The U.S. State Department has approved a possible Foreign Military Sale to the Government of Morocco of ten AGM-84L Harpoon Block II Air Launched missiles and related equipment for an estimated cost of $62 million.

The Defense Security Cooperation Agency delivered the required certification notifying Congress of this possible sale, this is displayed below.

“The Government of Morocco has requested to buy ten (10) AGM-84L Harpoon Block II Air Launched missiles. Also included are containers, spare and repair parts, support and test equipment, publications and technical documentation, personnel training and training equipment, U.S. Government and contractor representatives’ technical assistance, engineering and logistics support services, and other related elements of logistics support. The total estimated cost is $62 million.

This proposed sale will support the foreign policy and national security of the United States by helping to improve the security of a major non-NATO ally that continues to be an important force for political stability and economic progress in North Africa.

The proposed sale of the missiles and support will increase the Moroccan Air Force’s maritime partnership potential and align its capabilities with existing regional baselines. Morocco intends to use the missiles on its F-16, multi-role fighter aircraft to enhance its capabilities in effective defense of critical sea-lanes. Morocco will have no difficulty absorbing these missiles into its armed forces.

The proposed sale of this equipment and services will not alter the basic military balance in the region.

The prime contractor will be The Boeing Company, St. Louis, Missouri. The purchaser typically requests offsets. Any offset agreement will be defined in negotiations between the purchaser and the contractor(s).

Implementation of this proposed sale will require annual trips to Morocco involving U.S. Government and contractor representatives for technical reviews, support, and oversight for approximately five years. There will be no adverse impact on U.S. defense readiness as a result of this proposed sale.”

This notice of a potential sale is required by law and does not mean the sale has been concluded.

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Mr Me

Wow, 6.2 million per shot!

With the increasing cost of missiles like this (considering this is hardly even cutting edge or including any sort of development costs!) and increasing capability in air\missile defence systems, is relying on missiles going to remain a viable option for much longer?

Could we see a return to a new generation of naval gunfire systems becoming surface ships prime anti ship weapon?


Maybe they plan to retake Ceuta, Peñón de Vélez de la Gomera and Melilla and this will hold off the Spanish Armada 😉


No need to be offensive


Curious seeing as the Harpoon is often described as obsalecent. Maybe just the RN ones are. We’re in desperate need of an interim or replacement. The Moroccon air force already uses Harpoons.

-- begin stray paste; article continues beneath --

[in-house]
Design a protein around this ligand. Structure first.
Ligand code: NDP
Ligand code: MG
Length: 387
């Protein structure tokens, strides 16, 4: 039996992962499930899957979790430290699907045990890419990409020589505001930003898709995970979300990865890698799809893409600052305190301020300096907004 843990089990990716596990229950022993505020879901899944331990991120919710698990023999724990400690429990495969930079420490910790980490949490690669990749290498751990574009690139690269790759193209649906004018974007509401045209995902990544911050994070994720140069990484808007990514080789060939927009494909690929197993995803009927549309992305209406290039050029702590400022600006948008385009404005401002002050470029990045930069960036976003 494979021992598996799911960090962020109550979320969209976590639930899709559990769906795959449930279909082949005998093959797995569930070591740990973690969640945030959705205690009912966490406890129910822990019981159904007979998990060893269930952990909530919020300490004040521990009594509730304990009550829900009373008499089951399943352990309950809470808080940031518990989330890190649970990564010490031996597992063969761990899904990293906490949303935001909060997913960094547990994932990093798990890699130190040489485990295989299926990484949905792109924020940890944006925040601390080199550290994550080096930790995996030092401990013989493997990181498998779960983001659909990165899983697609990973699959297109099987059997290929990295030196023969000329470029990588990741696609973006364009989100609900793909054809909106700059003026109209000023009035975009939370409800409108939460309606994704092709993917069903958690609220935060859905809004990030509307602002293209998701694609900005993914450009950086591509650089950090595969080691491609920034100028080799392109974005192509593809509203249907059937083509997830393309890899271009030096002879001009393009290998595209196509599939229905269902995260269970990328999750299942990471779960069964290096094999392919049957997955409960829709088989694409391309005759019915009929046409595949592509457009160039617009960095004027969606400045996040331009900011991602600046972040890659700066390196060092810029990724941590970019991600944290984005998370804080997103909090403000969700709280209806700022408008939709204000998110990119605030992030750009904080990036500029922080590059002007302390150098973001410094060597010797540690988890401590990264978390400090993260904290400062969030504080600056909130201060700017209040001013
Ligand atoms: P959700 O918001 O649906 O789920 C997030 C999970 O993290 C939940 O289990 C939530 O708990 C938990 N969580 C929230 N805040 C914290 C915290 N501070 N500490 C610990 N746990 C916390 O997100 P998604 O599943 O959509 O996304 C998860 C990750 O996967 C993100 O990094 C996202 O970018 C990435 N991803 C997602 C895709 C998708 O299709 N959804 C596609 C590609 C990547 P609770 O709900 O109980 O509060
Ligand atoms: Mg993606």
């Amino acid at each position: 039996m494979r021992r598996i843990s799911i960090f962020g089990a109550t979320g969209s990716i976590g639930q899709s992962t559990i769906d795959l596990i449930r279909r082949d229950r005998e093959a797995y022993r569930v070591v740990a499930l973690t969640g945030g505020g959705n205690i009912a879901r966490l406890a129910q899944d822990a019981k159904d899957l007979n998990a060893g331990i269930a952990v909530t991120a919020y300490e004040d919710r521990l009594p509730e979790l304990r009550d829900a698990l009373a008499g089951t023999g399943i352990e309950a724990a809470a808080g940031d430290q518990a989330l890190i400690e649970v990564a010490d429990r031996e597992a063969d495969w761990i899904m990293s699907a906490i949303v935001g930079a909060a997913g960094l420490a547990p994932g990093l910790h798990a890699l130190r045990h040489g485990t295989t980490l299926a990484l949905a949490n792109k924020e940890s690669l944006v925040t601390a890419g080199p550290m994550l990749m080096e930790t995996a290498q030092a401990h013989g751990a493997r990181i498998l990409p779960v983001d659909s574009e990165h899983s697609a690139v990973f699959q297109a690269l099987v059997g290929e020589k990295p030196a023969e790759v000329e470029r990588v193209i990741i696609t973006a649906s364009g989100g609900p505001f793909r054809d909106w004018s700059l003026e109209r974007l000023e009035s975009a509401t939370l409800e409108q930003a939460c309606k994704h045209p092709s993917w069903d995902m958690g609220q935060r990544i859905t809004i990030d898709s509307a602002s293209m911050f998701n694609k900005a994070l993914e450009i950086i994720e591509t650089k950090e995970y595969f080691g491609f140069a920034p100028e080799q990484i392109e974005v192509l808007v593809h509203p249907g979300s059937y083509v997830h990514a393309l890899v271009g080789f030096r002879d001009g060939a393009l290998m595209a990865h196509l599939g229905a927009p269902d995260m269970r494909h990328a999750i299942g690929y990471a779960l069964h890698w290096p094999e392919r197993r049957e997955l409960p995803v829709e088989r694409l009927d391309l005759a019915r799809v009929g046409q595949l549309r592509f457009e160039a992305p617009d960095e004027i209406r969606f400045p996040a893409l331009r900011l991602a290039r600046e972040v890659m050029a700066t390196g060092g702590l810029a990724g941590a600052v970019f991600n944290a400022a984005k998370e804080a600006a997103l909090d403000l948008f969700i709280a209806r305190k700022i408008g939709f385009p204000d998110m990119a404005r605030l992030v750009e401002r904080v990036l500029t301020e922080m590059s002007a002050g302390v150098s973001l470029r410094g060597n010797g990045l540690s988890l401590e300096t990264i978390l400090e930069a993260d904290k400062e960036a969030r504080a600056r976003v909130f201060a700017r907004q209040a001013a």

I suspect the we are preparing for a war against a far higher tech enemy than Morocco.


It’s all about the context. A sea skimming missile that contains over 200kg of high explosive is going to hurt what ever it hits. The problem it has, like a lot of the other anti-ship missiles, is that it has a quite simplistic radar guiding system. It has a few anti-jam capabilities, but in the end it will head for the target that has the greatest radar signature. For example, how the Atlantic Conveyor got hit. The pair of Exocets were supposed to be aimed at the carrier Hermes, but the frigate Ambuscade launched chaff which decoyed the missiles away.… Read more »


Any sovereign state is entitled to buy whatever military equipment they feel they need but one does wonder why a country like Morocco would feel the necessity to acquire such weapons? Maybe I am suffering from post Imperial Arrogance Syndrome-we British have strutted the World Stage for many centuries and continue to do so albeit at a lower level, but I am sure I am not alone in feeling mildly miffed when the Ruskies sail their Warships through “our” English Channel 🙂

Paul T

Harpoon seems logical to me seeing as Morocco has a large Coastline to protect and can control one side of the Major Chokepoint going into the Med.


Makes sense. Thanks Paul


Hi folks,
Yes Geoff agree it is very annoying when russian warships come through the Chanel and would guess it’s jarring for the Royal Navy have to keep “eacorting” them. Russia likes to keep us on our toes, and see what reaction we have. Sometimes the best reaction is no reaction!
Howwver, as usual the RN are very professional and play by the rules, and if there were to be an incident, we would have the moral right on our side if we had to fire a shot over their vows.


Bows. Predictive again.


That’s why I don’t use it George. I told a young lady she was a licky girl the other day when I meant to say lucky!! So embarassing!! 🙂


The English Channel is an international waterway, and ships of all nations have every right to pass through it……


I know David but I am from the tail end era of Britannia Rules the Waves and well…

Steve R

Any ship does have the right to pass through it. However, when military vessels pass through it, in our EEZ and close to our coast, we have the right, and the responsibility, to react – in this case it means shadowing their ships as they pass through, let them know that we have the capacity and the will to respond, should they ever become aggressive. It’s all for show, really. Let’s face it, if a Russian (for example) ship came into our waters and was hostile, it’s not a Type 23 or Type 45 that is going to react, it’ll… Read more »

Daniele Mandelli

“Miffed” Lol

Reminds me of that long standing joke on alert levels, miffed raised to “peeved” to “a bit cross” last time of which was when the tea almost ran out during WW2.